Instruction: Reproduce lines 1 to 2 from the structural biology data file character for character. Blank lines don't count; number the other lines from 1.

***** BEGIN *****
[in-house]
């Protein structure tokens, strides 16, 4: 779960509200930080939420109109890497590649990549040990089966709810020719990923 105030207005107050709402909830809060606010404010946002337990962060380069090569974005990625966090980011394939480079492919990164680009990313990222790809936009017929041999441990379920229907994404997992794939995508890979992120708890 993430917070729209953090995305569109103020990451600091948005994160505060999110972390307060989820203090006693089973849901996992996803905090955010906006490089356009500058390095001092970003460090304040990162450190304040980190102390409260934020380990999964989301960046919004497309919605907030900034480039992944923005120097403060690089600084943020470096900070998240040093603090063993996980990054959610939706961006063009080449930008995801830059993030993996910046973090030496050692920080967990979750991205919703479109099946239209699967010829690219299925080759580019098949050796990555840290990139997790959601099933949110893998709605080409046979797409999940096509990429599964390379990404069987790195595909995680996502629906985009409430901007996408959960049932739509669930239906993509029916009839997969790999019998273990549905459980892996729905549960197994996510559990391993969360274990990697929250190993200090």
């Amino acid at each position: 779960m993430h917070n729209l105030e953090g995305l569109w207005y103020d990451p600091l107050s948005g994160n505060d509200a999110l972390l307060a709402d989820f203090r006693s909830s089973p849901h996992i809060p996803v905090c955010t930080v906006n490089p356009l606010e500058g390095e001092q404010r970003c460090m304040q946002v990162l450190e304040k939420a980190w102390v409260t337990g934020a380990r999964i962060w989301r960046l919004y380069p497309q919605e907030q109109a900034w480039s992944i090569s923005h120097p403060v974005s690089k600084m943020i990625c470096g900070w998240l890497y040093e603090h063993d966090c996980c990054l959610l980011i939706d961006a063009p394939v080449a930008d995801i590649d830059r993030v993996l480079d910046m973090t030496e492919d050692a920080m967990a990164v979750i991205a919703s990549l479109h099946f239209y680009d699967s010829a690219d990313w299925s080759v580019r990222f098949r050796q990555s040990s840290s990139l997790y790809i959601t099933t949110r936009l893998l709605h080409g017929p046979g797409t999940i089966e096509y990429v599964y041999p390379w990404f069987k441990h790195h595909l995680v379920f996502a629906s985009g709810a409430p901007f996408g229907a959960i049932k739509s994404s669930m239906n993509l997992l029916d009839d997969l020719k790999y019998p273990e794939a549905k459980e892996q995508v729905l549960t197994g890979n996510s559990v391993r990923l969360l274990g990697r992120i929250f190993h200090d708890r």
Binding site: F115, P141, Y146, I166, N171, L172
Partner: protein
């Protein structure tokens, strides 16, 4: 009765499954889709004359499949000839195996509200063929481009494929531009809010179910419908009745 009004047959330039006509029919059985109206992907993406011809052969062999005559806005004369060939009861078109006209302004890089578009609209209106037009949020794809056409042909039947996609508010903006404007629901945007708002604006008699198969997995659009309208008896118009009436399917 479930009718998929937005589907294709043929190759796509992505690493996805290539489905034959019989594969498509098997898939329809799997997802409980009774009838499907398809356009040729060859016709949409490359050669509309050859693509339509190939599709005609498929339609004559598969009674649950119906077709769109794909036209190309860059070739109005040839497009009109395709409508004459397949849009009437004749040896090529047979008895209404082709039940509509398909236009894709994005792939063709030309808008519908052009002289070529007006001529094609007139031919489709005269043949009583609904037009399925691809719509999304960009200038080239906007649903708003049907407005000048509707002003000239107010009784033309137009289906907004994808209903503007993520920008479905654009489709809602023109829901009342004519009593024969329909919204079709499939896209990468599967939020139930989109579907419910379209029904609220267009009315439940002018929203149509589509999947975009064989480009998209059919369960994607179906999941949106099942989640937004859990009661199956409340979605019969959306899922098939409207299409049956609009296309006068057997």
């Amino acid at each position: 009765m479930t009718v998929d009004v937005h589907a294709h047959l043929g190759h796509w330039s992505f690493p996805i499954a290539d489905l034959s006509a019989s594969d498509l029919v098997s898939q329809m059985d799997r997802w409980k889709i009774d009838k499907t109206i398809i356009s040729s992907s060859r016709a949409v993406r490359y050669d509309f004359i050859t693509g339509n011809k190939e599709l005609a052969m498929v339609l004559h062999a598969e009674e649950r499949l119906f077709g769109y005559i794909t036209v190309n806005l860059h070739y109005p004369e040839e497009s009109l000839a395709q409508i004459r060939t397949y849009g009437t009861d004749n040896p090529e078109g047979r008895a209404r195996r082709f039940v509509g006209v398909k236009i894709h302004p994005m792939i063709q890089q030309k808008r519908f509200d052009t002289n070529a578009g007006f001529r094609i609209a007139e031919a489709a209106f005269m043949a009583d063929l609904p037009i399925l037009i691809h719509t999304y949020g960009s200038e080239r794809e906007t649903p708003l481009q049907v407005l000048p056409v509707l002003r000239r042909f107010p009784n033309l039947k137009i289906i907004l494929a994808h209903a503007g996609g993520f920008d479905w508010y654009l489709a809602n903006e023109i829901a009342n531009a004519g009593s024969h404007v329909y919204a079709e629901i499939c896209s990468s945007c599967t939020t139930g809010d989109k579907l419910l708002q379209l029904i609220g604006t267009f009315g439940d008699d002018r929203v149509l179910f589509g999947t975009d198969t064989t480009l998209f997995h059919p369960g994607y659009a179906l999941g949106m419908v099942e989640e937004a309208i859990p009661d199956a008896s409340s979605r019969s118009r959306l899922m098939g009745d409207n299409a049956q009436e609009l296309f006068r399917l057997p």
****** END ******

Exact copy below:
[in-house]
């Protein structure tokens, strides 16, 4: 779960509200930080939420109109890497590649990549040990089966709810020719990923 105030207005107050709402909830809060606010404010946002337990962060380069090569974005990625966090980011394939480079492919990164680009990313990222790809936009017929041999441990379920229907994404997992794939995508890979992120708890 993430917070729209953090995305569109103020990451600091948005994160505060999110972390307060989820203090006693089973849901996992996803905090955010906006490089356009500058390095001092970003460090304040990162450190304040980190102390409260934020380990999964989301960046919004497309919605907030900034480039992944923005120097403060690089600084943020470096900070998240040093603090063993996980990054959610939706961006063009080449930008995801830059993030993996910046973090030496050692920080967990979750991205919703479109099946239209699967010829690219299925080759580019098949050796990555840290990139997790959601099933949110893998709605080409046979797409999940096509990429599964390379990404069987790195595909995680996502629906985009409430901007996408959960049932739509669930239906993509029916009839997969790999019998273990549905459980892996729905549960197994996510559990391993969360274990990697929250190993200090």